GPT-2 and Chess
Shawn Presser has released an intringuing chess engine based on deep learning-based language model (GPT-2). The model was trained on the Kingbase dataset (3.5 million chess games in PGN notation) in 24 hours using 146 TPUs (ouch!). The engine is purely based on text prediction with no concept of chess. Though GPT-2 has already delivered promising/bluffing results for text generation, one can be skeptical and wonder whether it does work for chess.
I have quickly experimented thanks to a nice notebook where you can play chess against the GPT-2 engine. I’ve only played 6 games, but (surprinsingly) it’s enough to draw some conclusions. Let’s analyse them case by case, following the order of the played games:
- in the first game I started with a rare/stupid opening just to see what’s going on… GPT-2 has been trained on a corpus of games: it can excel for the very first moves (the opening) since many examples are available, especially for positions after 1.e4 or 1.d4 the most frequent moves. Despite 1.e4 e5 2. Bc4 Nf6 3.d4 (an infrequent line/sequence of moves), GPT-2 played OK. But quickly it became really bad and mate in 14 moves by playing quite normal.
- second game is in the same spirit (see here) I started with an infrequent move (1.b4), first moves of GPT-2 are OK, and then strong mistakes and mate in only 15 moves by playing as usual (as best as I can).
- third was perhaps more interesting: Quite classical opening this time with a spanish variation… Blunder after 12 moves (presumably since GPT-2 is out of the usual opening theory) and quickly winning for white
- game: blunder 9th move directly after the “end” of the opening… another big mistake at 24th move in a desperate position. Pattern: GPT-2 seems very OK at the beginning and then quickly does mistakes/blunders. What is impressive is that the played moves of GPT-2 are legal even at move 30: it’s truly remarkable since the engine has absolutely no knowledge about the rules of chess. And the kind of positions after move 15 (says) are clearly not in the corpus used to train the machine
- for the two remaining games, I’ve tried a specific strategy to win as quickly as possible. Here I didn’t try to play as usual and in a perfect absolute way, but rather to exploit the “design” of GPT-2. First attempt: mate in 12 moves and second one mate in 8 moves I’ve voluntarily used weird/incorrect moves to minimize the number of moves to check mate… A bit like when you’re playing against a beginner and you try the coup du berger (aka Scholar’s mate in english, thanks Rick Rabiser!)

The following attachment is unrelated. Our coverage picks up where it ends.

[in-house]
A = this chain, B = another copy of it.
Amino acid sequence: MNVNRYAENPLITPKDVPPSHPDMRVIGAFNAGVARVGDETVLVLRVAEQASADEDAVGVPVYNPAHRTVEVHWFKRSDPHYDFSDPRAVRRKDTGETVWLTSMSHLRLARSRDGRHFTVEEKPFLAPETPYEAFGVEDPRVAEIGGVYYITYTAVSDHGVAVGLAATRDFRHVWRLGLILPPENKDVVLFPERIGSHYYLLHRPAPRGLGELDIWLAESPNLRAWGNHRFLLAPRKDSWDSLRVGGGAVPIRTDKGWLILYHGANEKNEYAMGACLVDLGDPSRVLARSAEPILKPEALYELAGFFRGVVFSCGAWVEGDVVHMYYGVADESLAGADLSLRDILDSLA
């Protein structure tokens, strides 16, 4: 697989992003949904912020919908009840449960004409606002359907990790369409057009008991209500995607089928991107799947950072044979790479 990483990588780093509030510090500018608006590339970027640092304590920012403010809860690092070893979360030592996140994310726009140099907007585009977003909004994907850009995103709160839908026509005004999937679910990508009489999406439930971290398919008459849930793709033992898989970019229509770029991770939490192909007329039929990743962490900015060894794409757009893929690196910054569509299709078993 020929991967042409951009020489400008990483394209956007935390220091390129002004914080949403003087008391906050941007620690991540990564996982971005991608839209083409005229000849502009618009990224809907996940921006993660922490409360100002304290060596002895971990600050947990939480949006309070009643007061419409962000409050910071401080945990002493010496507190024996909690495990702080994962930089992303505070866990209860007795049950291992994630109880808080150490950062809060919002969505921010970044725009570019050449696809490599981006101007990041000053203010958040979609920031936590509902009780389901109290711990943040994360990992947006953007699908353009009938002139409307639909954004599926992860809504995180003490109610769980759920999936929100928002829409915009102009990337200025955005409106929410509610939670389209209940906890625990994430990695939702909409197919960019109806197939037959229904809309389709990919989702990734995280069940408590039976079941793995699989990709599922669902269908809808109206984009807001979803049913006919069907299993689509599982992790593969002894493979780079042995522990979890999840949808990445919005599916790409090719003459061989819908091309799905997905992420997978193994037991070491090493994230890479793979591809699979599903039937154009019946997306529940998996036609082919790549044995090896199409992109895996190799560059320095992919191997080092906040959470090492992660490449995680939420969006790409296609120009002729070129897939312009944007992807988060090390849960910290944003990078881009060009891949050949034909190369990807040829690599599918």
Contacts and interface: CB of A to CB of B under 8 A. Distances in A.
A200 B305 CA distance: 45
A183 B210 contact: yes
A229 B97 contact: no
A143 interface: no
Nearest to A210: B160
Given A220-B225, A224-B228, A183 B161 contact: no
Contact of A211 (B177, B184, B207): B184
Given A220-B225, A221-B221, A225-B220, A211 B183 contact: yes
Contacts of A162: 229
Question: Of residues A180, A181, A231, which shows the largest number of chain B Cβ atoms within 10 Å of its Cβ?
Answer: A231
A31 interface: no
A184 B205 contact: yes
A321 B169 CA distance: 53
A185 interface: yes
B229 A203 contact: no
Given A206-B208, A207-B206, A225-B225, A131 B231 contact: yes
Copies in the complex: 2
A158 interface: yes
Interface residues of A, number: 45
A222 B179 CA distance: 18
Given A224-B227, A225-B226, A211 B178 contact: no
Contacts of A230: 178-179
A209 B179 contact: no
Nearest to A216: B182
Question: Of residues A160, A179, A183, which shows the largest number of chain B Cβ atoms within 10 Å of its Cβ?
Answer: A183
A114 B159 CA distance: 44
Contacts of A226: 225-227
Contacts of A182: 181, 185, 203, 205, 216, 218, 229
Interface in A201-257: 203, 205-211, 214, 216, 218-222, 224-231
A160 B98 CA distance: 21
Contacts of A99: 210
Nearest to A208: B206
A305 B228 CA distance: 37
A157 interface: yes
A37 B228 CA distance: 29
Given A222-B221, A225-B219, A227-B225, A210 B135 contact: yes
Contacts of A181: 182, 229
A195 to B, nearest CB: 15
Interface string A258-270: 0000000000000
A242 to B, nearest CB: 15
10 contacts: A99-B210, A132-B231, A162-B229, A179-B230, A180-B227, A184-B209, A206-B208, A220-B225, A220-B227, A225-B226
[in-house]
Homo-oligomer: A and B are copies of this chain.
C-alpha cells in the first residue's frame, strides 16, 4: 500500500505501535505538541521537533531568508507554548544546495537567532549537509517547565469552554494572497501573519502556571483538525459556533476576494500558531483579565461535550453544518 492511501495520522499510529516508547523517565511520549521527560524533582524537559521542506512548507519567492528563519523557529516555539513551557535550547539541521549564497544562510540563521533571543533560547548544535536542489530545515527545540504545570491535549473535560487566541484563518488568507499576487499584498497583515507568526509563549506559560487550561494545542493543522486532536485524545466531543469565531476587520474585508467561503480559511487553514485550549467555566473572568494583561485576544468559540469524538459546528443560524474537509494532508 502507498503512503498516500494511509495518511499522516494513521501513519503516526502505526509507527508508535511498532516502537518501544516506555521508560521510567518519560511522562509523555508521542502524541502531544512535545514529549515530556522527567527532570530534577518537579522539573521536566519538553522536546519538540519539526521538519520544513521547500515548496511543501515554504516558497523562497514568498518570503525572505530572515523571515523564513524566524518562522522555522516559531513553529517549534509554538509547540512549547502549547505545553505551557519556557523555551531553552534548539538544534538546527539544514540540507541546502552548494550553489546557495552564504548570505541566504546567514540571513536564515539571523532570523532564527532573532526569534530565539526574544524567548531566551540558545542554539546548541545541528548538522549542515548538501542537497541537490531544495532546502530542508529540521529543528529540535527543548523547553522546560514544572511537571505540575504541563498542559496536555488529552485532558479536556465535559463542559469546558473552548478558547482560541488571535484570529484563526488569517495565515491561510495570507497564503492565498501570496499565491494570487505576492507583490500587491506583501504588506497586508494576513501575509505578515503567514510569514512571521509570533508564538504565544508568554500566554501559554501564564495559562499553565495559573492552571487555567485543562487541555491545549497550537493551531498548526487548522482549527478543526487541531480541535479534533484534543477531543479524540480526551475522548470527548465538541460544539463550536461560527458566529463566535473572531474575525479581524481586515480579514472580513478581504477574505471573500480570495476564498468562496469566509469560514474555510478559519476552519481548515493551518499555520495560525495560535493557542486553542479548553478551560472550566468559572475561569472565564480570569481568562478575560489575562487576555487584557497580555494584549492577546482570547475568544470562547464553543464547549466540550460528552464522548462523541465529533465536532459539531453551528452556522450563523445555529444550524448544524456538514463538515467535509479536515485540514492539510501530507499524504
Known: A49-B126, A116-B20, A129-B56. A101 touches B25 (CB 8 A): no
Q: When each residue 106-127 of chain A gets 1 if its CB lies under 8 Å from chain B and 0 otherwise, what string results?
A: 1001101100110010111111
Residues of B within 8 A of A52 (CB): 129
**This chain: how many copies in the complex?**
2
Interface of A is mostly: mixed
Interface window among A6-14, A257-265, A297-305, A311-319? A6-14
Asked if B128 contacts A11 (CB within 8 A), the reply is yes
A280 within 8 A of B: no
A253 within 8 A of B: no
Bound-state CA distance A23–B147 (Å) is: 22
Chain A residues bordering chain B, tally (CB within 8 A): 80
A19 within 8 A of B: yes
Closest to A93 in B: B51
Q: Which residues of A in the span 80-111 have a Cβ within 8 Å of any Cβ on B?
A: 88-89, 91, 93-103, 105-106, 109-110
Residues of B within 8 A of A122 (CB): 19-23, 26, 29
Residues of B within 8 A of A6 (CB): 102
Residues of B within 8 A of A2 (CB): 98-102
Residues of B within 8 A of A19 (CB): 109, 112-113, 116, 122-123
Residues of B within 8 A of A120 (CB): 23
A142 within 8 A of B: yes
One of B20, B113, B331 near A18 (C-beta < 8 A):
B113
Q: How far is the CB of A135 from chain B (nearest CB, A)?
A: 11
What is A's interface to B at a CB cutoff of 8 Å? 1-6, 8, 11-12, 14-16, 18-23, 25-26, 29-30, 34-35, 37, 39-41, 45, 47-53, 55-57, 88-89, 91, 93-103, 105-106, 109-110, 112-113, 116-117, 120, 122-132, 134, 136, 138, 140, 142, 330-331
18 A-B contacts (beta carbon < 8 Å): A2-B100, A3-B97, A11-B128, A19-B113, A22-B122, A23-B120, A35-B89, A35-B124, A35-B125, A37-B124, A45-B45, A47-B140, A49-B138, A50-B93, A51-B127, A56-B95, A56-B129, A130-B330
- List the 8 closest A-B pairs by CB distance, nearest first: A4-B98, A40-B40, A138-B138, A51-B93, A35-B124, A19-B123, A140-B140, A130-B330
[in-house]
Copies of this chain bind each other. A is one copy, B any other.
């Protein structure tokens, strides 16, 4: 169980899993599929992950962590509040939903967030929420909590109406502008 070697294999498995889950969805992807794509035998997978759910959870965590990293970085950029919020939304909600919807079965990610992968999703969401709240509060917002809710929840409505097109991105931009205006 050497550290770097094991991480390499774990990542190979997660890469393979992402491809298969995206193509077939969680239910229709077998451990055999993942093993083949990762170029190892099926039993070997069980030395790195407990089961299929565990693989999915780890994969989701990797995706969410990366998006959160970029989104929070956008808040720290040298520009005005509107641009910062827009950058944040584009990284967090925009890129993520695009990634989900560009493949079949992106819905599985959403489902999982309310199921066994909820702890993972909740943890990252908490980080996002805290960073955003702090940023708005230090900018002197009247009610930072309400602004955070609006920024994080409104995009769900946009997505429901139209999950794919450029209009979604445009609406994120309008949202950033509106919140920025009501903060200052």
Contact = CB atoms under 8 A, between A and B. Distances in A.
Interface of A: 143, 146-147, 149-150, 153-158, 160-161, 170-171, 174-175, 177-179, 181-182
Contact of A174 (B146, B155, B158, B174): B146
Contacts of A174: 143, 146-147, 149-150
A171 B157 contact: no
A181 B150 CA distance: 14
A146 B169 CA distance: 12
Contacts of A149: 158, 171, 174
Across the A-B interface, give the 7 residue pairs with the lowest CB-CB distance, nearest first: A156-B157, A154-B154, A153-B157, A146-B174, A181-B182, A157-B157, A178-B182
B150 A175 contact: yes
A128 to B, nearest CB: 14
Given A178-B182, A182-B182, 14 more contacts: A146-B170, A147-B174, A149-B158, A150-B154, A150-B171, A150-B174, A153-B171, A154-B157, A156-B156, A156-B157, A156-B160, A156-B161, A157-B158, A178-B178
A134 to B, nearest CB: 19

The general conclusion is that GPT-2 is very bad at chess: you can check mate in a few moves and against a “normal” player GPT-2 has no chance to even draw a position. Against Stockfish, AlphaZero or MuZero, the score would be 100000000 defeats in as many games. Nevertheless I’m quite impressed GPT-2 can play legal moves even at move 30: it’s not in the corpus and the chess rules seem to have been learned purely out of texts games. Future work may include:
- comparison of GPT-2 with other language-based approaches (eg based on less complex methods like ngram) or with other textual inputs (eg why not using FEN notation at each move/position?)
- rigorous assessment of the ability of GPT-2 to play legal moves. I only played 6 games with 30 moves maximum, it’s worth trying on much more games eg for ending positions with only a few pieces or around move 40.
- what’s the minimum number of moves needed to check mate GPT-2?
GPT-2 based chess engine is a fun experiment that may serve to further question and understand the current limits of artificial intelligence. Yea, GPT-2 has not learned the complex meaning of chess, but it has learned something purely out of texts, which is somehow bluffing (closed to ELIZA effect). The brual approach of GPT-2 can be applied to many domains (music, poetry, recipes, etc.), since there is textual data. I guess the resulting effectiveness (ELIZA effect?) may highly vary and is worth trying, but for the chess domain some “pieces” in the learning process are missing ;)